After the paralytic shock he occasionally had fits, and would be out of his head for a while, and then recover his consciousness, but was mentally and physically quite weak. The said Hyrcanus was not in a condition to be removed to his home in Cabot, and so remained with his son, the said Oliver W. Farr, until his decease. During the last six months of his life he was without his reason. The said Sarah B. remained at the orator's house during the sickness of said Hyrcanus, and went to Cabot at the time of his burial, and, remaining there some weeks, she returned to Craftsbury. After a short time she went back to Cabot, and worked out at different places until the homestead was set out to her from the old farm, on the 20th day of November, 1880. The farm was rented to one Yaw while the said Hyrcanus was sick in Craftsbury; but the master found that, if he had been " able to return to his old home, ha and the said Sarah B. would have so returned." "I do not think that, at the time of said agreement to lease to Yaw, Hyrcanus had decided to permanently abandon his old homestead as and for a homestead, but he was at that time satisfied he would not !for the term of the lease be able to return. And that he then had reason to believe, and did believe, there were grave doubts as to his ever being able to return to Cabot."
The first meeting of the commissioners was at the orator's house, January 7, 1879. The defendants Putnam and J. P. Lamson, Esq. an attorney, representing certain creditors, were present. The orator and said Putnam and Lamson finally agreed that the orator should be allowed $750 for "keeping ward and wife, and services of self and family caring for same, two years." The next day the orator settled his guardianship account with the probate court, and said account was allowed at $750. Immediately after the orator was appointed guardian, January 9, 1877, he took possession of the ward's property, and had control and management of it until the ward's decease. The master found as to surrendering of possession of the property to the administrator by the guardian, as follows:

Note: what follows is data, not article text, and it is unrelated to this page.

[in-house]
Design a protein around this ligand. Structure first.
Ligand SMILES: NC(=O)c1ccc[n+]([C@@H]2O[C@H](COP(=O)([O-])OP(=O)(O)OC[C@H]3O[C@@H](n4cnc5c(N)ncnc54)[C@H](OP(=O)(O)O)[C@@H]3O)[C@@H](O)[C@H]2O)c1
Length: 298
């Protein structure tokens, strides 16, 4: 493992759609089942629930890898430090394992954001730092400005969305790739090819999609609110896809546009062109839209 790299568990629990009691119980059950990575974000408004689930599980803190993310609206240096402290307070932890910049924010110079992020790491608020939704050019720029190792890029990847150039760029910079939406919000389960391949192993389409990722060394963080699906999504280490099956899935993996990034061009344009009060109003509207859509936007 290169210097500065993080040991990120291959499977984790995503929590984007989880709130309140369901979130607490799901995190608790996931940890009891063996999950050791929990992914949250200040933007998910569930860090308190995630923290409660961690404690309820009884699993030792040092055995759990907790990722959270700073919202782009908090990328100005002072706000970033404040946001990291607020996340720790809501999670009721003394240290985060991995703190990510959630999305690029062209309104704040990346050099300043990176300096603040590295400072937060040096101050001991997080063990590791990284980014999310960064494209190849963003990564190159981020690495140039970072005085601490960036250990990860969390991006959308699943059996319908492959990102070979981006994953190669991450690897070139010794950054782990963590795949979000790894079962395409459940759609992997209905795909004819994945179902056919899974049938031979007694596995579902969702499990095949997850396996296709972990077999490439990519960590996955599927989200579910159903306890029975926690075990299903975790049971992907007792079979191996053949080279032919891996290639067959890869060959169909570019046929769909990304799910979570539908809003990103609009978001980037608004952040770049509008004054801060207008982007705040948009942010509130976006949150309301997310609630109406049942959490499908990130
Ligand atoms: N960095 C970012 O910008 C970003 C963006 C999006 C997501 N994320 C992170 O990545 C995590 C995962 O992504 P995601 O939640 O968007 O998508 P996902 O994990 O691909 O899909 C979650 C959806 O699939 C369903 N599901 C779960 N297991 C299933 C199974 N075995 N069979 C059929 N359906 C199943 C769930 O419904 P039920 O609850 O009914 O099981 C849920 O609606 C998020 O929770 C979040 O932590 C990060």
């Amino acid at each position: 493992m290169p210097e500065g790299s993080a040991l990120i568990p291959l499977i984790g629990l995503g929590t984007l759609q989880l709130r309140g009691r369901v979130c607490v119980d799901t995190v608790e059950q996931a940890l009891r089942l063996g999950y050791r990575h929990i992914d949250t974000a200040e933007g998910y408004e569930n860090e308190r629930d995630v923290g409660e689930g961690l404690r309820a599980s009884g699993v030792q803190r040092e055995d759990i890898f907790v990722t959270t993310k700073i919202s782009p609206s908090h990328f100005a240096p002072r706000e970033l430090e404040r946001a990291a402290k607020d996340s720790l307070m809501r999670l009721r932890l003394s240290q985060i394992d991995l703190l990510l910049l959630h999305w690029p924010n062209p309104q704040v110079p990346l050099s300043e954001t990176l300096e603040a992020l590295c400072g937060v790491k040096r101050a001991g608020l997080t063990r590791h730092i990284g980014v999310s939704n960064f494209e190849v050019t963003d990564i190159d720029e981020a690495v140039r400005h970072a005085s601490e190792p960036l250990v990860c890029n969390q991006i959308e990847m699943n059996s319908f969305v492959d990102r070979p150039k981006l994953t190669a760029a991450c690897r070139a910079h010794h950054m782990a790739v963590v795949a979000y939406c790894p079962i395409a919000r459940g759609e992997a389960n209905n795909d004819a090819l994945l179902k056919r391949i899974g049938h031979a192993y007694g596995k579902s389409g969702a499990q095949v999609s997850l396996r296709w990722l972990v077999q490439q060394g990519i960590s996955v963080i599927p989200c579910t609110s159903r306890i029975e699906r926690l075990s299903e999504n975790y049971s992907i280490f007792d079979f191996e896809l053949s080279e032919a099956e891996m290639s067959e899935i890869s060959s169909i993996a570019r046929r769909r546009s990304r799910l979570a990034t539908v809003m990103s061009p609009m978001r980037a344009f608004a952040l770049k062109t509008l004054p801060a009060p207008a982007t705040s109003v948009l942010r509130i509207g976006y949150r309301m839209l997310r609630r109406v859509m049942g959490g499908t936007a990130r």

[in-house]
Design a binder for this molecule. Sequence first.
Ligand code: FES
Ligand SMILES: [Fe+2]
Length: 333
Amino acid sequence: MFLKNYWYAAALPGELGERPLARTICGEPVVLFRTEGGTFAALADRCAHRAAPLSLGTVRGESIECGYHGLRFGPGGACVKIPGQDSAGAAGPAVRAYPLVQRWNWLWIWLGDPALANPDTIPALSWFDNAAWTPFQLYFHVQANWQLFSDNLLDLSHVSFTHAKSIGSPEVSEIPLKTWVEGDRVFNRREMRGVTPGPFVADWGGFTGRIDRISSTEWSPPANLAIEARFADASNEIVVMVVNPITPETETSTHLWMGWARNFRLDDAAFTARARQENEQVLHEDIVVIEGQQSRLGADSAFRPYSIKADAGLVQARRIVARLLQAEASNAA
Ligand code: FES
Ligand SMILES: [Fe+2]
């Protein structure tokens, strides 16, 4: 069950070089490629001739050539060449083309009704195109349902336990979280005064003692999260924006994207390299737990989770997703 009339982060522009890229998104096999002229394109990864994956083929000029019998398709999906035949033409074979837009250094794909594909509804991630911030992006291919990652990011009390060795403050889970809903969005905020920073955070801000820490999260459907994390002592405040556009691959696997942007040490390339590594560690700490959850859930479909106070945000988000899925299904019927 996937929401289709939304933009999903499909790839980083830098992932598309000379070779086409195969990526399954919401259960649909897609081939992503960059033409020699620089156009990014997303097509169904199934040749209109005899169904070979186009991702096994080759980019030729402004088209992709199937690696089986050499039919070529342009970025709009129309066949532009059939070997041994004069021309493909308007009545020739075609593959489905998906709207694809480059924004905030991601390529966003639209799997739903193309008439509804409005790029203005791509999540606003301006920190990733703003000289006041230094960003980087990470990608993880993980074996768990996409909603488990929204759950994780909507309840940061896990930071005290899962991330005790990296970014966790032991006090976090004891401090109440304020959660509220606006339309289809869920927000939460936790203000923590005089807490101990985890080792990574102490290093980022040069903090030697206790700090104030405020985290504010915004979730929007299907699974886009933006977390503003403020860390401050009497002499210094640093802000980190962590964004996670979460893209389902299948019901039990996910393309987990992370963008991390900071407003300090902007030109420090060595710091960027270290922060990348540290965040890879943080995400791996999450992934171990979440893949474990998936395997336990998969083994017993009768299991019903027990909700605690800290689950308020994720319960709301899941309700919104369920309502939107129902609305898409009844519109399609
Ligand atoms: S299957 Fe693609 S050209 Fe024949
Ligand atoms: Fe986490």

It is claimed by the defendants that it was agreed at that time that the amount allowed orator by the probate court, on the basis of an allowance of $750 for board and care, as before stated, should be treated as a common debt, and that he should share with the other creditors in the estate. Still, the defendant Putnam admitted upon the stand that he always supposed the orator was to be paid the amount due him as guardian after payment of charges for settlement of estate and amount allowed the widow, and before other creditors were paid. I am unable to find that said Oliver ever understandingly agreed to stand in common with the other creditors so far as his guardian account was concerned, but I do find that he always supposed and expected his guardian account would be paid first, and in preference to other claims. * * *
At the time of the settlement of said guardian's account it was ascertained that there was considerable personal property on hand, the property of said estate, in the possession of said orator; and the farm at Cabot and Woodbury was still unsold and a part of said estate.